15. 15. How GDSS Contributes to Problem Solving <ul><li>Improved communications </li></ul><ul><li>Improved discussion focus </li></ul><ul><li>Less wasted time </li></ul>13-
    16. 16. GDSS Environmental Settings <ul><li>Synchronous exchange </li></ul><ul><ul><li>Members meet at same time </li></ul></ul><ul><ul><li>Committee meeting is an example </li></ul></ul><ul><li>Asynchronous exchange </li></ul><ul><ul><li>Members meet at different times </li></ul></ul><ul><ul><li>E-mail is an example </li></ul></ul><ul><li>More balanced participation. </li></ul>13-
    17. 17. GDSS Types <ul><li>Decision rooms </li></ul><ul><ul><li>Small groups face-to-face </li></ul></ul><ul><ul><li>Parallel communication </li></ul></ul><ul><ul><li>Anonymity </li></ul></ul><ul><li>Local area decision network </li></ul><ul><ul><li>Members interact using a LAN </li></ul></ul><ul><li>Legislative session </li></ul><ul><ul><li>Large group interaction </li></ul></ul><ul><li>Computer-mediated conference </li></ul><ul><ul><li>Permits large, geographically dispersed group interaction </li></ul></ul>13-
    18. 18. Smaller Larger GROUP SIZE Face-to- face Dispersed Decision Room Local Area Decision Network Legislative Session Computer- Mediated Conference MEMBER PROXIMITY Group Size and Location Determine GDSS Environmental Settings 13-
    19. 19. Groupware <ul><li>Functions </li></ul><ul><ul><li>E-mail </li></ul></ul><ul><ul><li>FAX </li></ul></ul><ul><ul><li>Voice messaging </li></ul></ul><ul><ul><li>Internet access </li></ul></ul><ul><li>Lotus Notes </li></ul><ul><ul><li>Popular groupware product </li></ul></ul><ul><ul><li>Handles data important to managers </li></ul></ul>13-
    20. 20. Main Groupware Functions IBM TeamWARE Lotus Novell Function Workgroup Office Notes GroupWise X = standard feature O = optional feature 3 = third party offering 13-
    21. 21. Artificial Intelligence (AI) The activity of providing such machines as computers with the ability to display behavior that would be regarded as intelligent if it were observed in humans. 13-
    22. 22. History of AI <ul><li>Early history </li></ul><ul><ul><li>John McCarthy coined term, AI, in 1956, at Dartmouth College conference. </li></ul></ul><ul><ul><li>Logic Theorist (first AI program. Herbert Simon played a part) </li></ul></ul><ul><ul><li>General problem solver (GPS) </li></ul></ul><ul><li>Past 2 decades </li></ul><ul><ul><li>Research has taken a back seat to MIS and DSS development </li></ul></ul>13-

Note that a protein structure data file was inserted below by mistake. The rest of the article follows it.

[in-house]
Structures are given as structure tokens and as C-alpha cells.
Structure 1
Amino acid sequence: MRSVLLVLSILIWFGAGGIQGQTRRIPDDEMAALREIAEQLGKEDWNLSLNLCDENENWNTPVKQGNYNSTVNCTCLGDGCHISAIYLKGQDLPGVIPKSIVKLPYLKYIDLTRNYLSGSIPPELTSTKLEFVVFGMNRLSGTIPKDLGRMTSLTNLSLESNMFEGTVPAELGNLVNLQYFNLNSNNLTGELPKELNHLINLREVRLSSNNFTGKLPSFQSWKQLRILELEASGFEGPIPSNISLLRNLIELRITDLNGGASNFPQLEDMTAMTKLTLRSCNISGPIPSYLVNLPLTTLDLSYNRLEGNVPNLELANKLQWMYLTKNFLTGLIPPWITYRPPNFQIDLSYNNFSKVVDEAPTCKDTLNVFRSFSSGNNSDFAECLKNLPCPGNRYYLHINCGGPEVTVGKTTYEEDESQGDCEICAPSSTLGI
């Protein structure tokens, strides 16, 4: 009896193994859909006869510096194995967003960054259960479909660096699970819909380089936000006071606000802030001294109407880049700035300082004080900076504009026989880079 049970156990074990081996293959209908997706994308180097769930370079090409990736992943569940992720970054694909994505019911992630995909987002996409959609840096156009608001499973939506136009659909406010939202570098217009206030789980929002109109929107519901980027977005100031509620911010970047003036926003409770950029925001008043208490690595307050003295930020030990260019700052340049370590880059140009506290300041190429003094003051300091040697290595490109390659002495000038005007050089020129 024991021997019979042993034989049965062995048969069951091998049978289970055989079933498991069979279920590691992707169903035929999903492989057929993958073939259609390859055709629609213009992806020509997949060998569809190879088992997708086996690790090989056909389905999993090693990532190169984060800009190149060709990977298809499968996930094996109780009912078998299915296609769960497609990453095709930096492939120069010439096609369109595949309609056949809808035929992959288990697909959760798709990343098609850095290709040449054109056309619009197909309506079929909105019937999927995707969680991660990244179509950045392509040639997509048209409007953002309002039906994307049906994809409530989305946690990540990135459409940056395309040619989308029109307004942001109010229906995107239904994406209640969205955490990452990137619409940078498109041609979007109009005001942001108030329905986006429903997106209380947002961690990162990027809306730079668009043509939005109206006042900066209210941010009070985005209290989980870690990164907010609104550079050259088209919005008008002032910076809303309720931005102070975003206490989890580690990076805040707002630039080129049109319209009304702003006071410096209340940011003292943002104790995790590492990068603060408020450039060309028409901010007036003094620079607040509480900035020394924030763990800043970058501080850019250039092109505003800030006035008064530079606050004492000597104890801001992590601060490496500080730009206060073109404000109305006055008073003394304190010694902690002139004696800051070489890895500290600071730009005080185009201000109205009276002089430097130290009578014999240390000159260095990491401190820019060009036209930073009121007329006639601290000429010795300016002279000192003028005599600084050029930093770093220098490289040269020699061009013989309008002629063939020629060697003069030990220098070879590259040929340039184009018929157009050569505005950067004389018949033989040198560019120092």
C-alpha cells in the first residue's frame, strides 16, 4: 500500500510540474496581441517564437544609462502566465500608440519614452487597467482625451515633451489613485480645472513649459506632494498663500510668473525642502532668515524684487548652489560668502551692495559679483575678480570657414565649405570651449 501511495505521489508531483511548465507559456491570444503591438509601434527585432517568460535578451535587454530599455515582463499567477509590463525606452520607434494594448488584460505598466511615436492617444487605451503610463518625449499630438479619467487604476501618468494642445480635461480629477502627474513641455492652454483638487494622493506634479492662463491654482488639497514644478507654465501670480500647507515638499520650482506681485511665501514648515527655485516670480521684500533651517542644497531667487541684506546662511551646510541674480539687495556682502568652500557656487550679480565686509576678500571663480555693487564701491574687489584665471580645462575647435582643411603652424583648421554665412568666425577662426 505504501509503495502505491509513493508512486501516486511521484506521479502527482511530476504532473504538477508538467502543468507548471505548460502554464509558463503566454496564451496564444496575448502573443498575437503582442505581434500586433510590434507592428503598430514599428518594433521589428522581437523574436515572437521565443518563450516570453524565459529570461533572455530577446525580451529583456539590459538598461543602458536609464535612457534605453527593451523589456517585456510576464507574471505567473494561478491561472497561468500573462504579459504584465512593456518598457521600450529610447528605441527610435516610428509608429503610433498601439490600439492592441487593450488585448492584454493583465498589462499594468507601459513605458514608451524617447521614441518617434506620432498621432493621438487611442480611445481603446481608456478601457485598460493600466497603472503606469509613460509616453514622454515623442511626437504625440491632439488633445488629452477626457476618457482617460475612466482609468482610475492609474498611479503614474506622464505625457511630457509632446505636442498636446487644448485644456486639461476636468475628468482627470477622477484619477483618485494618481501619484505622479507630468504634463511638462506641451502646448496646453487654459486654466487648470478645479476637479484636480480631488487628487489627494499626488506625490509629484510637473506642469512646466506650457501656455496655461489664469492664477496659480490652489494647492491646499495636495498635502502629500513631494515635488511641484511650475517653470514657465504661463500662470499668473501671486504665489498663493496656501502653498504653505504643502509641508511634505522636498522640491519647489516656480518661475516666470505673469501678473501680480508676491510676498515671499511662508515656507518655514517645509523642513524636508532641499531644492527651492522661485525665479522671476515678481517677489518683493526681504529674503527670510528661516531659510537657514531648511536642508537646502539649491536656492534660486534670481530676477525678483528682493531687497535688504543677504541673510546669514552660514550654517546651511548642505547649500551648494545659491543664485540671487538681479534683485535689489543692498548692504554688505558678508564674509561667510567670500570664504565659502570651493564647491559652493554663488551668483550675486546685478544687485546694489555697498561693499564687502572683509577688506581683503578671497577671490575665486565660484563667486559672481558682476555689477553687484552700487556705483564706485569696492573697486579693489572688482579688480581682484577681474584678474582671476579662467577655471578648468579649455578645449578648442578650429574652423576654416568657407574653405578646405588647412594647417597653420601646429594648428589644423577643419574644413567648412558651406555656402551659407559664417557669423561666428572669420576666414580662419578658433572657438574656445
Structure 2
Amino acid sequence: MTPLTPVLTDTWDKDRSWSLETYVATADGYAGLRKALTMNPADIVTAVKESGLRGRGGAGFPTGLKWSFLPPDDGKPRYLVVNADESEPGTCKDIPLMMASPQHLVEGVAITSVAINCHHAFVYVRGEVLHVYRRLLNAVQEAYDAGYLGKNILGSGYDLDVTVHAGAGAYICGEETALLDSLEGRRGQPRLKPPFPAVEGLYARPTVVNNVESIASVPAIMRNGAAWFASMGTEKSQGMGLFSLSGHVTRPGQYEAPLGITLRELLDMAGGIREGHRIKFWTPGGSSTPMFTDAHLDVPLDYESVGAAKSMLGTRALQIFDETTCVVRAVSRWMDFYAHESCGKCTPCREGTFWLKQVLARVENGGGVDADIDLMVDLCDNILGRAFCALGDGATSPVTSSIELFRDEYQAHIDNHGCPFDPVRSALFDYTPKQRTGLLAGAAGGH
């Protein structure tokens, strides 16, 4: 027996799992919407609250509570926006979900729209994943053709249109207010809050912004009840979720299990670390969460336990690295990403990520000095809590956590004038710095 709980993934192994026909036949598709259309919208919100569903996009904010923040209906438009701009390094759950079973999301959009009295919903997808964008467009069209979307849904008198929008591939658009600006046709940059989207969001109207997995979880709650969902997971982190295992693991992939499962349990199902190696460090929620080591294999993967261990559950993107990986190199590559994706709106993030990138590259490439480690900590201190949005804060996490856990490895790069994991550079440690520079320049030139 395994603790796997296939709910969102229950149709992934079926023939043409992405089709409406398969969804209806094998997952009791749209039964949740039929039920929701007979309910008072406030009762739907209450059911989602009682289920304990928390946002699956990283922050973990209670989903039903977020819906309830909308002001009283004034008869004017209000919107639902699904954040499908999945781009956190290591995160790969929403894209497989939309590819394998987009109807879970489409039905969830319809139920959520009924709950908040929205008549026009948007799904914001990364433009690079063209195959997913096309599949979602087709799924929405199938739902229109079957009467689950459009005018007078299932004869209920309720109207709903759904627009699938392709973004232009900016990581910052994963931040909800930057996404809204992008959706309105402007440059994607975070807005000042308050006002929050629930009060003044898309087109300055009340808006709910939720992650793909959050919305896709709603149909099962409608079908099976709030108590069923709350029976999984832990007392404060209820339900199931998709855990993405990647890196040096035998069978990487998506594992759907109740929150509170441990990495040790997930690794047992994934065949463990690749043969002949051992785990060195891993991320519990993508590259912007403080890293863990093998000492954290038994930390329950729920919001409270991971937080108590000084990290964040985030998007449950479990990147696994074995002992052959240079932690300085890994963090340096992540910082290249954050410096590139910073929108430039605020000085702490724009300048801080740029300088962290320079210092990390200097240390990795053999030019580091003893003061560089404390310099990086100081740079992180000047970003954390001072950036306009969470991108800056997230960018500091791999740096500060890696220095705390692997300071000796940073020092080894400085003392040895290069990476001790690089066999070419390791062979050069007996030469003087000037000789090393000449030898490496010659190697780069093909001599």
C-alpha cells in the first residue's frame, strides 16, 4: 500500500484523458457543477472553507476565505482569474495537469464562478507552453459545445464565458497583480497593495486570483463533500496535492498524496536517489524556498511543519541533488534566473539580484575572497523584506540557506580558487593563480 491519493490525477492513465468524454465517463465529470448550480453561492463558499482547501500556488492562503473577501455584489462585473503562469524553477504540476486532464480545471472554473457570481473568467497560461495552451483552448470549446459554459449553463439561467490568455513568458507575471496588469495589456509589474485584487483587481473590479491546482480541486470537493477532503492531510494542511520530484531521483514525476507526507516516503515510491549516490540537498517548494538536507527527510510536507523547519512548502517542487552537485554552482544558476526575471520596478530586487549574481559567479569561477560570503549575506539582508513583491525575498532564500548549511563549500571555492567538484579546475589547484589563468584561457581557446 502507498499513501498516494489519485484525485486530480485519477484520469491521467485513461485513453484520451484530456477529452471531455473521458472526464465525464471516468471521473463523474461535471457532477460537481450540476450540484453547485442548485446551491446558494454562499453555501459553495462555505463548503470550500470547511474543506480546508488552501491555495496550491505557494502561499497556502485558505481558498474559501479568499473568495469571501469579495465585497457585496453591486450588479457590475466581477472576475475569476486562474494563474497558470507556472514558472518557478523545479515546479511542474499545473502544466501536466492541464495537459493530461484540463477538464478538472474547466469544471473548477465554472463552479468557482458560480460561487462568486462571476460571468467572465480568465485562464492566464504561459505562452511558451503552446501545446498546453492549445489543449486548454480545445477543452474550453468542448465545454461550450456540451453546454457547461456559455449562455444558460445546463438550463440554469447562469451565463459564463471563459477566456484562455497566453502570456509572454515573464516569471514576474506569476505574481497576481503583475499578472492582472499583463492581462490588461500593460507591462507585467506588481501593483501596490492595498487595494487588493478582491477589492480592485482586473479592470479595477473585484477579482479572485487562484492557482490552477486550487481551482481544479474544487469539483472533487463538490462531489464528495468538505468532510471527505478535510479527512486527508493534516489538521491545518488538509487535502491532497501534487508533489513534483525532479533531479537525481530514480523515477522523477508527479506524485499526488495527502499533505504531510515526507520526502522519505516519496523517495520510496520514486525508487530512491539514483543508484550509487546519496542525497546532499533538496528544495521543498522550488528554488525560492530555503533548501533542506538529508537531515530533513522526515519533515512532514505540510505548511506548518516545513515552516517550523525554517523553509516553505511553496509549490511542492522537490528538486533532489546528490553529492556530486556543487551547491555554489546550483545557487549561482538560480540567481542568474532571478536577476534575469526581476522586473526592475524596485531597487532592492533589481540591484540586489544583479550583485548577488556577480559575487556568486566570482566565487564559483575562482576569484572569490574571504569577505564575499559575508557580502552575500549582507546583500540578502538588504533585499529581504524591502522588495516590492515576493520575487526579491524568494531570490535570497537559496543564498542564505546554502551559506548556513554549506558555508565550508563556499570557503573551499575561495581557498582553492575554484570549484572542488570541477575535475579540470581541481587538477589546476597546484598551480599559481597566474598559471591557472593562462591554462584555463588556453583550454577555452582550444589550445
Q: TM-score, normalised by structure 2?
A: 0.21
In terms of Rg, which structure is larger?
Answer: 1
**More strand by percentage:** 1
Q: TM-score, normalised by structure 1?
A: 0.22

23. 23. Areas of Artificial Intelligence Expert systems AI hardware Robotics Perceptive systems (vision, hearing) Neural networks Natural language Learning Artificial Intelligence 13-
    24. 24. Appeal of Expert Systems <ul><li>Computer program that codes the knowledge of human experts in the form of heuristics </li></ul><ul><li>Two distinctions from DSS </li></ul><ul><ul><li>1. Has potential to extend manager’s problem-solving ability </li></ul></ul><ul><ul><li>2. Ability to explain how solution was reached </li></ul></ul>13-
    25. 25. Know- ledge base User User interface Instructions & information Solutions & explanations Knowledge Inference engine Problem Domain Expert and knowledge engineer Development engine Expert system An Expert System Model 13-
    26. 26. Expert System Model <ul><li>User interface </li></ul><ul><ul><li>Allows user to interact with system </li></ul></ul><ul><li>Knowledge base </li></ul><ul><ul><li>Houses accumulated knowledge </li></ul></ul><ul><li>Inference engine </li></ul><ul><ul><li>Provides reasoning </li></ul></ul><ul><ul><li>Interprets knowledge base </li></ul></ul><ul><li>Development engine </li></ul><ul><ul><li>Creates expert system </li></ul></ul>13-
    27. 27. User Interface <ul><li>User enters: </li></ul><ul><ul><li>Instructions </li></ul></ul><ul><ul><li>Information </li></ul></ul><ul><li>Expert system provides: </li></ul><ul><ul><li>Solutions </li></ul></ul><ul><ul><li>Explanations of </li></ul></ul><ul><ul><ul><li>Questions </li></ul></ul></ul><ul><ul><ul><li>Problem solutions </li></ul></ul></ul>} Menus, commands, natural language, GUI 13-
    28. 28. Knowledge Base <ul><li>Description of problem domain </li></ul><ul><li>Rules </li></ul><ul><ul><li>Knowledge representation technique </li></ul></ul><ul><ul><li>‘IF:THEN’ logic </li></ul></ul><ul><ul><li>Networks of rules </li></ul></ul><ul><ul><ul><li>Lowest levels provide evidence </li></ul></ul></ul><ul><ul><ul><li>Top levels produce 1 or more conclusions </li></ul></ul></ul><ul><ul><ul><li>Conclusion is called a Goal variable. </li></ul></ul></ul>13-
    29. 29. Evidence Conclusion Conclusion Evidence Evidence Evidence Evidence Evidence Evidence Evidence Conclusion A Rule Set That Produces One Final Conclusion 13-
    30. 30. Rule Selection <ul><li>Selecting rules to efficiently solve a problem is difficult </li></ul><ul><li>Some goals can be reached with only a few rules; rules 3 and 4 identify bird </li></ul>13-
    31. 31. Inference Engine <ul><li>Performs reasoning by using the contents of knowledge base in a particular sequence </li></ul><ul><li>Two basic approaches to using rules </li></ul><ul><ul><li>1. Forward reasoning (data driven) </li></ul></ul><ul><ul><li>2. Reverse reasoning (goal driven) </li></ul></ul>13-